Adult Literacy and Entrepreneurship Association (ALEA) offers adult literacy classes, environmental conservation, and nursery education and other services to disadvantaged children. A core part of this is the library, which is situated in Kwapa, five km outside Tororo, and two km from the ALEA nursery school. The owner of the building, Kwapa Post Test Club, a communty-based organisation that provides HIV/AIDS information and education, co-operates with ALEA.
The library is located in a peri-urban area, with a mix of small businesses and farmland. Many people are subsistence farmers, and grow cotton as a cash crop. The library is only 11 km from the Kenyan border, and many Kenyans cross the border to go to school in Uganda.
The area is densely populated, with many schools in walking distance from the library. There is one secondary and one primary school a few hundred metres from the library. Within one km there is another one secondary and three primary schools, and more schools a bit further away.
Charles Emojong, the library director, started the library in 2005. The library was started to support ALEA as a resource and information centre. Another reason was that the schools around had very few books in their libraries.
Children are invited to read story books and tell simple stories, about once every two weeks. This is sometimes done at the library, and sometimes at a school. The children are also asked to read one at a time, to test how good they are at reading.
Once every two weeks a group comes to the library to learn reading, writing, family planning, child nutrition, hygiene, councelling and guidance as well as environmetal conservation.
Every Thursday the library organises Children’s Centre for children who are interested from Kwapa Primary School and St. Lawrence Secondary School. Starting at 12:30 am, some groups engage in drawing, others in music, dance and drama, and others in reading and telling stories, for about 45 minutes. On average 70 children come for the Children’s Centre every week.
On Thursday morning, the students’ parents come to share their experience about HIV/AIDS and perform acts of music, dance and drama. They also participate in a saving scheme.
Classes for Entrepreneurship Development Two days every month young mothers are tought how to make a budget and simple book keeping and banking.
The librarian’s transport allowance is paid for by the funds generated from user fees, about 50,000 per month. In addition annual subscription fees and membership fees generate a considerable amount of money each month. When the need is there, the director support the library out of his own pocket.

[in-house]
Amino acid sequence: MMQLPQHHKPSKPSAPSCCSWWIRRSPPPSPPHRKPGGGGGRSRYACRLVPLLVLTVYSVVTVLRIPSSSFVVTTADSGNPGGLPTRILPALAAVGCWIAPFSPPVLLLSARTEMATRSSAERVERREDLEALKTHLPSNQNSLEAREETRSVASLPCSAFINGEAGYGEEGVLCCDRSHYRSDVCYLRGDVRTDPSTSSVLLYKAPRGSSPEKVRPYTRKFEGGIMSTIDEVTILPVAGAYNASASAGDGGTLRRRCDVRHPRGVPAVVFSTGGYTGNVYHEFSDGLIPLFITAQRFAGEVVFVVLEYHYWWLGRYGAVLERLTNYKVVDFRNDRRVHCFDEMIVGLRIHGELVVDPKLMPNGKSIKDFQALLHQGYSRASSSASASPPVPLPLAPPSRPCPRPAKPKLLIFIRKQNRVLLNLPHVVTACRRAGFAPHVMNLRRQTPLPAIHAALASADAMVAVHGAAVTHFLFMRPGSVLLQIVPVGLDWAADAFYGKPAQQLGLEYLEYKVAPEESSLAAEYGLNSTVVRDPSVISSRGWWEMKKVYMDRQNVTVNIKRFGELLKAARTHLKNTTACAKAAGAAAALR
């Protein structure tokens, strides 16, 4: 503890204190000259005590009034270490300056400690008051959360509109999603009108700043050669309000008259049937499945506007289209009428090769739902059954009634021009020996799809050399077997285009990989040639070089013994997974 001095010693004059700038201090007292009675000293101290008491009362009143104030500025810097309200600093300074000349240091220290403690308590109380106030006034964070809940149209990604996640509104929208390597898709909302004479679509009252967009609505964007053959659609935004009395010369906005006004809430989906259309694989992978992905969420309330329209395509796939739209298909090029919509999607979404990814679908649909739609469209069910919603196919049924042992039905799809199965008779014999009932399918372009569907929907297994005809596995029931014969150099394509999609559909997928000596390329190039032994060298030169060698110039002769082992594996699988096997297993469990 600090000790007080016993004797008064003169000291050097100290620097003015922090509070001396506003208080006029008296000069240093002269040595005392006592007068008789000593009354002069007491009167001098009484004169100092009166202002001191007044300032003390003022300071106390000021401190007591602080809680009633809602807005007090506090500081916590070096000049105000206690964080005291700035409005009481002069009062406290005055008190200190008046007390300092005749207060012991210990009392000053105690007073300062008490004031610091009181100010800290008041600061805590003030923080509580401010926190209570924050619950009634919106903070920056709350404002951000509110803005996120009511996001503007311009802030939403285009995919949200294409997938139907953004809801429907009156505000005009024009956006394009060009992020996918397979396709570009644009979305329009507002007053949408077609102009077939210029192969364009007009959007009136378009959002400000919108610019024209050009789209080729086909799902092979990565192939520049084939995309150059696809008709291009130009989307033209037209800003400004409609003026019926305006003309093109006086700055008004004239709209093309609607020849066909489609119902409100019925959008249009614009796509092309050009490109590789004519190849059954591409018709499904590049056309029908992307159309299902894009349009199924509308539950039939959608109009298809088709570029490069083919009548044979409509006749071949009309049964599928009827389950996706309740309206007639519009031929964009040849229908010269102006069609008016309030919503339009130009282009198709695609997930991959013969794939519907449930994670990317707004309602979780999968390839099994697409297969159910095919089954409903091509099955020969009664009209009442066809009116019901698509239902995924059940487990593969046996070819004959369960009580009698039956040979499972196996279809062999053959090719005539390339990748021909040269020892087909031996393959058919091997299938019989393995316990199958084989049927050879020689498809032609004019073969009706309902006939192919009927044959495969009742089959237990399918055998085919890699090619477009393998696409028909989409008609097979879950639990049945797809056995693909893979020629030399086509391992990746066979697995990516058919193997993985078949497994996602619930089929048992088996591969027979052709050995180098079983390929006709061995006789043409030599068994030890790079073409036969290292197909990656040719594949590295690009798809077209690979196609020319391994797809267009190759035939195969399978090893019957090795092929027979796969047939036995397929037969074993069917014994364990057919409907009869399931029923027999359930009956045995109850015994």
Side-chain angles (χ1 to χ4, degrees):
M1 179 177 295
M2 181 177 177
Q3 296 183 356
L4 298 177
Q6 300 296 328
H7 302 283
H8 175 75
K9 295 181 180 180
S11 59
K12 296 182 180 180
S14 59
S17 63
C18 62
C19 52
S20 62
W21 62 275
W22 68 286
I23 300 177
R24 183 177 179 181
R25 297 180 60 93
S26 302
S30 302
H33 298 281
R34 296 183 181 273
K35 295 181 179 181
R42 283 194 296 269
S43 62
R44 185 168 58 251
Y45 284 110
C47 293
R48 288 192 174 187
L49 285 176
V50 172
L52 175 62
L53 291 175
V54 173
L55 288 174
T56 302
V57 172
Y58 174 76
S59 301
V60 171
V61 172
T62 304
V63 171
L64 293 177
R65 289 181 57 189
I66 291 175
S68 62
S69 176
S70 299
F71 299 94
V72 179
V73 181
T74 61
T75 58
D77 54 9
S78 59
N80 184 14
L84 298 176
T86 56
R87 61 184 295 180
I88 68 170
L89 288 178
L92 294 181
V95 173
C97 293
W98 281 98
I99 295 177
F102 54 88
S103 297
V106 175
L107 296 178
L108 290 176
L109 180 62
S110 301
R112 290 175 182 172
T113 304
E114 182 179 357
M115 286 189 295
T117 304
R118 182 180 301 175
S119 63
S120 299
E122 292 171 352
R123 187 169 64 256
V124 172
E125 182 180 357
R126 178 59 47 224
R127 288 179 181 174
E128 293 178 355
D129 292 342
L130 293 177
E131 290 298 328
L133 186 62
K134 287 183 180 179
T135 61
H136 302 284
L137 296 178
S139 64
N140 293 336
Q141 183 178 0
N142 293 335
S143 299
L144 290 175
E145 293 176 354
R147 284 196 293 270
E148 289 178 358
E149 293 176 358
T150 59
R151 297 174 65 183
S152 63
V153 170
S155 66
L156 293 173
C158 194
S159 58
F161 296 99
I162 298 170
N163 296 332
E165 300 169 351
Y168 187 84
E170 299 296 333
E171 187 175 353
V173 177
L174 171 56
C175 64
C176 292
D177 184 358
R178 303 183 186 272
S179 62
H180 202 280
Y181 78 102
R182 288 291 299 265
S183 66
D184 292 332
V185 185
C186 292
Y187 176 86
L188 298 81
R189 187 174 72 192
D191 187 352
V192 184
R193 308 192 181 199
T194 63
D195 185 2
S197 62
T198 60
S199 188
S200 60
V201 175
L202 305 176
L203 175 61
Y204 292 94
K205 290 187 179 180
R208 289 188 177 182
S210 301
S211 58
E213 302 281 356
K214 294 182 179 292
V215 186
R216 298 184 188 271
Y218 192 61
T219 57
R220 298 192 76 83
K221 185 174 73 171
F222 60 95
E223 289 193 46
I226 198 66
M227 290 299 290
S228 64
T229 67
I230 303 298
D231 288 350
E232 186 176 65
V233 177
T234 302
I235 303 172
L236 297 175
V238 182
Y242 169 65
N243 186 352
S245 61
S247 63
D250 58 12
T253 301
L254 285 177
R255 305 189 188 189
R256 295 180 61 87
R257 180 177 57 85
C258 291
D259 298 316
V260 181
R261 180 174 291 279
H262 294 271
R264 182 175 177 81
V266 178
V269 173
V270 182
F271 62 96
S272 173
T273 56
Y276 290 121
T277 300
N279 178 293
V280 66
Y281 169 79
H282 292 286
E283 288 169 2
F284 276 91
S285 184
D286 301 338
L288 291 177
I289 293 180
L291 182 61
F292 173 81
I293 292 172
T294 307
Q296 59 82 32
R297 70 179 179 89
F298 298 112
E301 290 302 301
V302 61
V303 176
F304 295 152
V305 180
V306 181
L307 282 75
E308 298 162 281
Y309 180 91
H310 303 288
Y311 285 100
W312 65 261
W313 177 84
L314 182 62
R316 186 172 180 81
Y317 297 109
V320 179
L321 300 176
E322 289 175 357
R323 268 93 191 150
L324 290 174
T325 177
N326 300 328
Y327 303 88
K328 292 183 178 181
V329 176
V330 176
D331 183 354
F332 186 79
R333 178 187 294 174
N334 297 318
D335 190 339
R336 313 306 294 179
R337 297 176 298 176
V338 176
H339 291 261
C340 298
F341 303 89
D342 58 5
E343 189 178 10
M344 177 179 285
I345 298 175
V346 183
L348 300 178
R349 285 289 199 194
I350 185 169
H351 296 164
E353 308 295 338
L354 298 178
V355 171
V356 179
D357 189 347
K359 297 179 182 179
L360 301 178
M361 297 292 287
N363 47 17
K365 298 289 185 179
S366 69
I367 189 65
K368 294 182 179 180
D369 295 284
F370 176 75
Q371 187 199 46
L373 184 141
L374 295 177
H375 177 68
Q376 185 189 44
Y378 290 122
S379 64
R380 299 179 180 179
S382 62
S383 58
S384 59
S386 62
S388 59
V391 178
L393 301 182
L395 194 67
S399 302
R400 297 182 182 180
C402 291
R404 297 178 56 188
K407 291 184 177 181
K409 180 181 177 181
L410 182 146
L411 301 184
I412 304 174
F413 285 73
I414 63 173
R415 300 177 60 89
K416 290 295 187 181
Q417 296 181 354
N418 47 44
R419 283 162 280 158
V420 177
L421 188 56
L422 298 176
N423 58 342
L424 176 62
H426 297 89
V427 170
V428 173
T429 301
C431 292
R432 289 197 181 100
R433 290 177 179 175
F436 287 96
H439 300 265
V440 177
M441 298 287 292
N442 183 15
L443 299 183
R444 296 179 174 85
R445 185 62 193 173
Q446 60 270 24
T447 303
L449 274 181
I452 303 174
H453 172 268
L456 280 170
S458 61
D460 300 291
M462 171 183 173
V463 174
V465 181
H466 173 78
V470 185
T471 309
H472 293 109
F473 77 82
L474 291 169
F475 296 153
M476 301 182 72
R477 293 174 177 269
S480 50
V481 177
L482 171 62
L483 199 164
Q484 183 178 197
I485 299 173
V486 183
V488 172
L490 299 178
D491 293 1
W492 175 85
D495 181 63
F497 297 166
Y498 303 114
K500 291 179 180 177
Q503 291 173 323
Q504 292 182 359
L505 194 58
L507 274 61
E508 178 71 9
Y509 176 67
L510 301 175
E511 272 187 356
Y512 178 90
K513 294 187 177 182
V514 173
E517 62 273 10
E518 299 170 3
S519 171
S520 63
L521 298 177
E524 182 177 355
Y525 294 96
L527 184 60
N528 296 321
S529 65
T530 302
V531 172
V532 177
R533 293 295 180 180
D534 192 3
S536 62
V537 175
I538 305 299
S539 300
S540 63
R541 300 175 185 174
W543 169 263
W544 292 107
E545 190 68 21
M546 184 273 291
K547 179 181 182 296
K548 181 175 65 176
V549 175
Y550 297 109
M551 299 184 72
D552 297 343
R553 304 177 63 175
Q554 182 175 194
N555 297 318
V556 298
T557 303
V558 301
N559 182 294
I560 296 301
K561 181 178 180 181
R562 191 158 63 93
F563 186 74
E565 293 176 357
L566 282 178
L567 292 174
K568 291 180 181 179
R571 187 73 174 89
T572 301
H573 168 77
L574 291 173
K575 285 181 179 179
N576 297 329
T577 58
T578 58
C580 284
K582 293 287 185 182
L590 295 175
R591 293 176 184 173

The library is spacious, and measures about 7 x 11 metres, no including the office and storage room of Kwapa Post Test Club.
There is one bookshelf, one mat for children, a desk for the librarian, a blackboard, two tables and 50 chairs (about half of which are usually in the library). There are some information posters on the walls.
Foreign novels 82
Foreign sec. textbooks 20
African primary textbooks 34
African secondary textbooks 22
Foreign storybooks 22
Telephone directories 6
Emmanuel Oupat, who has a diploma in human resource management, volunteers as a librarian on most days. Joyce Achipa, a primary teacher and a chairperson of Kwapa Post Test Club, and Julius Engoriat, an accountant and library board member, usually come every day, sharing their time between the office and the library.
The library board consists of five people, but only three are active. The board meets on monthly meetings to discuss how to get more books and discuss the way forward. The director is in charge of the finances.
The busiest day is Thursday, when Children’s Centre is arranged. But on all days people come to read – either their own notes or the library books. Users may check books out againt a fee, but this is very uncommon. Once a nun borrowed two books, paying 5,000 shillings.
There is a book for recording borrowings, but as of November 2011 only one loan was recorded. The librarian also keeps a list of members, but currently no membership cards have been issued. There is currently no record of user fees as only chidren so far have been active in using the library, but this is expected to be in place by the beginning 2012. There are also plans of introducing a record for library visits.
For secondary students and adults, lifetime membership fee is 5,000 shillings, and the number of lifetime members is 50. In addition, there is an annual subscription of 20,000 shillings, which 30 members have paid for 2011. Library use costs 200 shillings (max. six hours), generating about 50,000 shillings per month (an average of 10 paying visitors per day). Borrowing books costs 3,500 shillings per book (2,500 for nuns) – to reduce the risk of theft. By November 2011, only one person had borrowed books (two copies).
By 2012 Charles Emojong hopes to move the library to a newly built library in Tororo town. With a more central location, he hopes to attract more users, and since the new library belongs to the director, it is more secure. There are also plans of reducing the borrowing fee to 2,500 shillings per copy.
ALEA intends to start vocational training in welding and fabrication, tailoring and knitting, carpentry and joinery, painting and decoration, brick laying and concrete practice, plumbing and arts and crafts.
Kwapa Post Test Club
Take a taxi from Old Taxi Park, or a bus from the main Kampala Post Office to Tororo. Walk or take a boda-boda to Morukatipe Road, Senior Quarters. It is not signposted at the moment, but this is expected to be in place by February 2012.
Take a taxi from Old Taxi Park, or a bus from the main Kampala Post Office to Tororo. Take a taxi or boda-boda to Kwapa (5 km), and get off at the sub-county headquarters.
PO Box 31, Tororo
Charles Emojong (director): firstname.lastname@example.org